Peeling stickers off plastic surfaces, getting glue residue off of bathroom tile and removing bugs from your car's bumper are all reasons why a person might reach for an adhesive solvent such as Goo Gone. But buying a product like Goo Gone from the store isn't the only way to get rid of the sticky stuff. You may already have several alternative remedies under your sink or in your kitchen pantry that may prove equally effective.
When adhesives are difficult to peel off of a surface, vinegar can be an effective aid to loosening the bond and making the job simple. Warm water, liquid dish soap and vinegar is a common formula for removing sticky glues.
Nonslip surfaces like bathtubs are especially prone to stuck-on mess from adhesives. A sponge loaded with hot vinegar will soak through and loosen the glue backing from a decal or sticker, making it simple for you to rub it away or peel it off with your fingernail.
Baking Soda Paste
Make a paste out of baking soda and water to remove sticky residues from walls, floors or even skin. Massage the paste into the sticky mess and let it work into the glue, wax or scummy substance, and the gooey mix will easily wipe away. If you would prefer a more powerful baking soda solution, replace the water with coconut oil. It will smell nice, too.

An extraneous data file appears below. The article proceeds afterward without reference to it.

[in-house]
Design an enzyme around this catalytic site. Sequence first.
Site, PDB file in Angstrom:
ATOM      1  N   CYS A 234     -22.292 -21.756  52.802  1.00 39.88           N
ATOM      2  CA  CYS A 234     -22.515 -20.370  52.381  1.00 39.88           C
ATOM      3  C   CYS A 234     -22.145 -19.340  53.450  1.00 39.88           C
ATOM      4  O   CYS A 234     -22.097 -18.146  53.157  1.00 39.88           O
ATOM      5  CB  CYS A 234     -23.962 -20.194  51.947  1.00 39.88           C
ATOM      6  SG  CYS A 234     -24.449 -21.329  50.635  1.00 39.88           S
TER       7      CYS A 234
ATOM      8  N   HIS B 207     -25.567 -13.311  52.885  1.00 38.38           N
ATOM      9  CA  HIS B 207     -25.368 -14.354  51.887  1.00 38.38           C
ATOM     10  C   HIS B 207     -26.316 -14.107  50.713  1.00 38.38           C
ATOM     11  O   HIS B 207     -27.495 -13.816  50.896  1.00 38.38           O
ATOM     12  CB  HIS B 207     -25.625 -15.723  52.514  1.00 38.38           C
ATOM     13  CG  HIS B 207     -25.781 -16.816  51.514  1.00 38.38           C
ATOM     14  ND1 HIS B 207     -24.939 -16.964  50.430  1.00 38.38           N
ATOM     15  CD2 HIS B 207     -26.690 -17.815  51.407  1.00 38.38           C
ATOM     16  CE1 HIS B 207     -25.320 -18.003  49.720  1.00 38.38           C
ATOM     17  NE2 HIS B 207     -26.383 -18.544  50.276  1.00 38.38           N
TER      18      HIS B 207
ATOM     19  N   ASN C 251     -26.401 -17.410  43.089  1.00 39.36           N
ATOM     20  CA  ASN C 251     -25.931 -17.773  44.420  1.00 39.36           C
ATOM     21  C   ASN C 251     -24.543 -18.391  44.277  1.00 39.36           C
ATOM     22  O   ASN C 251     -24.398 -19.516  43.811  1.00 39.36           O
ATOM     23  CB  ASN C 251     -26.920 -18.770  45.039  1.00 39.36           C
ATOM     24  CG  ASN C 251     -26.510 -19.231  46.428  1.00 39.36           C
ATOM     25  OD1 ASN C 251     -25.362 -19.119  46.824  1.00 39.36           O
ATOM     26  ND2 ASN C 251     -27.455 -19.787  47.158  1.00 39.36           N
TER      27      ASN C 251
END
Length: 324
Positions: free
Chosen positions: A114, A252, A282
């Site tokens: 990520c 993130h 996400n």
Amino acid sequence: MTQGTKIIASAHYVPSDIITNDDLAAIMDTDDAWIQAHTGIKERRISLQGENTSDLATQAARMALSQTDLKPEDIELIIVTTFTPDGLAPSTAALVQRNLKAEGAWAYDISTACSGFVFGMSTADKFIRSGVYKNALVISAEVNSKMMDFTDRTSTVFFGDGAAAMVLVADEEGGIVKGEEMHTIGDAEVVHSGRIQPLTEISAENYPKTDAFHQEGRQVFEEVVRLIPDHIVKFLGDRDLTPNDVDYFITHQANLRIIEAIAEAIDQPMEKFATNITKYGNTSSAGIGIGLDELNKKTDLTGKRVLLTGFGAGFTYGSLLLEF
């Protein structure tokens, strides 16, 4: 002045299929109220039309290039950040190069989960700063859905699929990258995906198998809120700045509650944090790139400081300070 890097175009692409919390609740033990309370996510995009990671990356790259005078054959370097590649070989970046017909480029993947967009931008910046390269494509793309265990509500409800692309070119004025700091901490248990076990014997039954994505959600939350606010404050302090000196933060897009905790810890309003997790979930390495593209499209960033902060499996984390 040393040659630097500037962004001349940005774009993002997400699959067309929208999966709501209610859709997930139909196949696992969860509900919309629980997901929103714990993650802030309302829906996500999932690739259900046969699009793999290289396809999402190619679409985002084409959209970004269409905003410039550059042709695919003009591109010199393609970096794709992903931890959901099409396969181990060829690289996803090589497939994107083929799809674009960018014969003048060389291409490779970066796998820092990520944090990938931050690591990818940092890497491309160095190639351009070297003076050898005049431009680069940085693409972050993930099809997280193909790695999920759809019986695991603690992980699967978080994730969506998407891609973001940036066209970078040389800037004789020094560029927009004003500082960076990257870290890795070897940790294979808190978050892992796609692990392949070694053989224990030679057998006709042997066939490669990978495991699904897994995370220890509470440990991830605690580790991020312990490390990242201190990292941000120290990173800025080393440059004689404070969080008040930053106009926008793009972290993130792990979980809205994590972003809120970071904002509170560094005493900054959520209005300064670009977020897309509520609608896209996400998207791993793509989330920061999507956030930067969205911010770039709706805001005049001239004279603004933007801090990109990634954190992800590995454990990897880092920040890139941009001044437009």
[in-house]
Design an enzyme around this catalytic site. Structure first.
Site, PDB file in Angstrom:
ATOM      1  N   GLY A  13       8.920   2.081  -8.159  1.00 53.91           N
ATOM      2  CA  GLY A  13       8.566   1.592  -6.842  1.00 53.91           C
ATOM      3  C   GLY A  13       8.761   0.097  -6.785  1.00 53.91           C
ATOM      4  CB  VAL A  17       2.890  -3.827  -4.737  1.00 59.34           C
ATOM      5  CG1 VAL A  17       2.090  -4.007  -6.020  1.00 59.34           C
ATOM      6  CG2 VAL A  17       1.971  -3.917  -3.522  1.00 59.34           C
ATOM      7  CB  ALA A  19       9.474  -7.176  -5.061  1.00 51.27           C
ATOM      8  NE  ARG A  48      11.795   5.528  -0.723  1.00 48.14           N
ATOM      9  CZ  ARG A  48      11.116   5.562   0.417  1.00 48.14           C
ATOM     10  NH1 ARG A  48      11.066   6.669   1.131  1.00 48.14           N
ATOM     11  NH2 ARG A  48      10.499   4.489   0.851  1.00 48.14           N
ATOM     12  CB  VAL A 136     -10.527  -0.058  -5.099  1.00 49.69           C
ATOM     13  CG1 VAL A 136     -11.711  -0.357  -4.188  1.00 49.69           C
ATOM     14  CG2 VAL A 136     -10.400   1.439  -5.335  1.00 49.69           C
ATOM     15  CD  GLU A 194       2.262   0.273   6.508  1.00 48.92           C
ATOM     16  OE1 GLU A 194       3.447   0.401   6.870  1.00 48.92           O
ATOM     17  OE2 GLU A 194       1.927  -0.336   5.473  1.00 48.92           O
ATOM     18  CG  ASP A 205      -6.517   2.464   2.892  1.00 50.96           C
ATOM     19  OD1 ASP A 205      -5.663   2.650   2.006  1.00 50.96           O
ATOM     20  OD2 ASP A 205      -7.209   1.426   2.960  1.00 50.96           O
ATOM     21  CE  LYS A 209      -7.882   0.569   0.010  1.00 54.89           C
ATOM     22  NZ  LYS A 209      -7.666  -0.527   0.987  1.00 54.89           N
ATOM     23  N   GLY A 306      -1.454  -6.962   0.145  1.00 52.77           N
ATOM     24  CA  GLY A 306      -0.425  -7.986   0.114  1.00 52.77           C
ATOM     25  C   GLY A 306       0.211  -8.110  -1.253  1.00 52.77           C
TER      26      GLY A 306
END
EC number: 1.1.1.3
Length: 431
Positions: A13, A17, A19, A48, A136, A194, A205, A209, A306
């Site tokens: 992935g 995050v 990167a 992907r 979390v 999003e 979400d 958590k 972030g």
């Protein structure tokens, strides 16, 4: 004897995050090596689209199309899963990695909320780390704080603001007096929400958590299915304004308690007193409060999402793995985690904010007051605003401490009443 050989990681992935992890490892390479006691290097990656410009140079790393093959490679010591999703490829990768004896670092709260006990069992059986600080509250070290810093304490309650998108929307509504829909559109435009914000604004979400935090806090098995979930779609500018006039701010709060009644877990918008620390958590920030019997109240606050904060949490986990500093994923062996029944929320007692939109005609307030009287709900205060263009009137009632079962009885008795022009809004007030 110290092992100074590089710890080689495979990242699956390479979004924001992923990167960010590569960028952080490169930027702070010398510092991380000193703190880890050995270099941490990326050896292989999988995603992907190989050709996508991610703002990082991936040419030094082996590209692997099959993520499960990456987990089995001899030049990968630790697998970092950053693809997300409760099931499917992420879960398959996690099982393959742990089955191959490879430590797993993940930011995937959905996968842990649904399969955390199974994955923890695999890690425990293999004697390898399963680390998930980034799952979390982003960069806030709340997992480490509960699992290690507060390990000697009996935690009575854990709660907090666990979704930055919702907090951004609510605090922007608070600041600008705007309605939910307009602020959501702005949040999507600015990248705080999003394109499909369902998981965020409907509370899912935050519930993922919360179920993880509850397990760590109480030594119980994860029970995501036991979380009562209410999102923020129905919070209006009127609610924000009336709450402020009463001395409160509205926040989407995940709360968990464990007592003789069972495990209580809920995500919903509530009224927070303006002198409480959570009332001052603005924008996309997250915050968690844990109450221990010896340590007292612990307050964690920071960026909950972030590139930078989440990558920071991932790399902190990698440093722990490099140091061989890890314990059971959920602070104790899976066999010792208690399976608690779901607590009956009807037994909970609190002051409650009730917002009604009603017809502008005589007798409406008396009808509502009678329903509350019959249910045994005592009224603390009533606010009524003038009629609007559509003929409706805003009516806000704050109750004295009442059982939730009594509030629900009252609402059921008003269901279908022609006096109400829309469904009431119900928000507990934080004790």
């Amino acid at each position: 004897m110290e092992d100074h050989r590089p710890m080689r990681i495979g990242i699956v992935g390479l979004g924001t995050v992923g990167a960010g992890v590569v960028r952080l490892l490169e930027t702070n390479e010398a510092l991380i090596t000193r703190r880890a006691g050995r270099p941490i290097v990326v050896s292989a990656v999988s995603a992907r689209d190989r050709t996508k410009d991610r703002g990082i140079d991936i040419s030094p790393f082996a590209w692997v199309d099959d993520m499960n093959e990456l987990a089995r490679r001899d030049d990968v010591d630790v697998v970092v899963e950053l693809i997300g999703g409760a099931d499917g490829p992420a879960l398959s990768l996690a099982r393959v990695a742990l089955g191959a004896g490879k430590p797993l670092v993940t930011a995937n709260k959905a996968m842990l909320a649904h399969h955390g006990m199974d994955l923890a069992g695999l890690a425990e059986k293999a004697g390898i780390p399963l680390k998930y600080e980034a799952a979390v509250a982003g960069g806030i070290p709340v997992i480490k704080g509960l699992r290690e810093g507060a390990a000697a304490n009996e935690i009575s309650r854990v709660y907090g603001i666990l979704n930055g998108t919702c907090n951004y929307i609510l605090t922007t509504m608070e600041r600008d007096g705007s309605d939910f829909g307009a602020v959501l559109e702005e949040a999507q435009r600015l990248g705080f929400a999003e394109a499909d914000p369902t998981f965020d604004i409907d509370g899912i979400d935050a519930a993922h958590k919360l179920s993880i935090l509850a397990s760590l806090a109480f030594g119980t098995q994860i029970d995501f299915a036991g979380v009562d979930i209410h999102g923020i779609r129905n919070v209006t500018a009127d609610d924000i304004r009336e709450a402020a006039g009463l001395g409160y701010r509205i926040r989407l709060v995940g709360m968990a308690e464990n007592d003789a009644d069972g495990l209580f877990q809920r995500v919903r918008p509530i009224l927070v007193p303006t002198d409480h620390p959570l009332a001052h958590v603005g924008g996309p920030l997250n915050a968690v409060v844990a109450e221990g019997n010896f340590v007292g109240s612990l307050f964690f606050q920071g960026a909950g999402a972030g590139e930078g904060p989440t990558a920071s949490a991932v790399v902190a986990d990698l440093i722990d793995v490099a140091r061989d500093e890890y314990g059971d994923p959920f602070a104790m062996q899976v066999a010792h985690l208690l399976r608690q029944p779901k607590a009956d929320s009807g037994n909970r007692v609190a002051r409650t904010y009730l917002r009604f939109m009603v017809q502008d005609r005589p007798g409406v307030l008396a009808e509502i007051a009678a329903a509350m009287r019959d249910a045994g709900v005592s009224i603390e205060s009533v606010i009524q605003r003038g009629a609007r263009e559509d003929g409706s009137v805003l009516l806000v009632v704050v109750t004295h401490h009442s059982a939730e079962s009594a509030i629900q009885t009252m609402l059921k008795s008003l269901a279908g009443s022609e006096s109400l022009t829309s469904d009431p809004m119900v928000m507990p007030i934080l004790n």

Just as nonstick cooking spray keeps food from sticking to your pots and pans, it can also lubricate other surfaces to allow glue or a sticky mess to slide away easily. Spray the cooking spray directly on the surface you wish to clean, let the oils soak into the sticky area for a few minutes and then scrub it away. Regular cooking oil like canola will have a similar effect if you do not have cooking spray on hand.
PVC Pipe Cleaner
For particularly tough goo that you can't seem to get off with other methods, try using a PVC pipe cleaner. This cleaner is formulated to remove residue from plastic pipes prior to applying a permanent adhesive, which means that it's strong enough to strip off some tougher adhesive leftovers. These cleaning agents are a bit harsh, however, so they may not be appropriate for use on cloth or other delicate surfaces.
Lee Morgan is a fiction writer and journalist. His writing has appeared for more than 15 years in many news publications including the "Tennesseean," the "Tampa Tribune," "West Hawaii Today," the "Honolulu Star Bulletin" and the "Dickson Herald," where he was sports editor. He holds a Bachelor of Science in mass communications from Middle Tennessee State University.